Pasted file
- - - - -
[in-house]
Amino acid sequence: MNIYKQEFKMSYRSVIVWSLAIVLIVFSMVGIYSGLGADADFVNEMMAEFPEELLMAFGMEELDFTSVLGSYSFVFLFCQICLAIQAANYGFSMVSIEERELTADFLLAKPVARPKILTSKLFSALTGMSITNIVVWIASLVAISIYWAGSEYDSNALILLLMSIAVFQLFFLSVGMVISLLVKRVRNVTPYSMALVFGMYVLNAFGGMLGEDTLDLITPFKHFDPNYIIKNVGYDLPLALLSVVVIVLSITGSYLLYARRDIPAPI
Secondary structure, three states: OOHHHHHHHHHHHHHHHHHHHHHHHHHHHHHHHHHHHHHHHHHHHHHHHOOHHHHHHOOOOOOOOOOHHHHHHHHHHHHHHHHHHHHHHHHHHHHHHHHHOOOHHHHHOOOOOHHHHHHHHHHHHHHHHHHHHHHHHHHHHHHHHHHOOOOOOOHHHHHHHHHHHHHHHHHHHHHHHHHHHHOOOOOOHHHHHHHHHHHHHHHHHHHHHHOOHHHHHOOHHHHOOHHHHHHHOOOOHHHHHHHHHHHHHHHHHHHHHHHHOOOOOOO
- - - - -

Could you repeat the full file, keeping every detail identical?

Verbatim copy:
[in-house]
Amino acid sequence: MNIYKQEFKMSYRSVIVWSLAIVLIVFSMVGIYSGLGADADFVNEMMAEFPEELLMAFGMEELDFTSVLGSYSFVFLFCQICLAIQAANYGFSMVSIEERELTADFLLAKPVARPKILTSKLFSALTGMSITNIVVWIASLVAISIYWAGSEYDSNALILLLMSIAVFQLFFLSVGMVISLLVKRVRNVTPYSMALVFGMYVLNAFGGMLGEDTLDLITPFKHFDPNYIIKNVGYDLPLALLSVVVIVLSITGSYLLYARRDIPAPI
Secondary structure, three states: OOHHHHHHHHHHHHHHHHHHHHHHHHHHHHHHHHHHHHHHHHHHHHHHHOOHHHHHHOOOOOOOOOOHHHHHHHHHHHHHHHHHHHHHHHHHHHHHHHHHOOOHHHHHOOOOOHHHHHHHHHHHHHHHHHHHHHHHHHHHHHHHHHHOOOOOOOHHHHHHHHHHHHHHHHHHHHHHHHHHHHOOOOOOHHHHHHHHHHHHHHHHHHHHHHOOHHHHHOOHHHHOOHHHHHHHOOOOHHHHHHHHHHHHHHHHHHHHHHHHOOOOOOO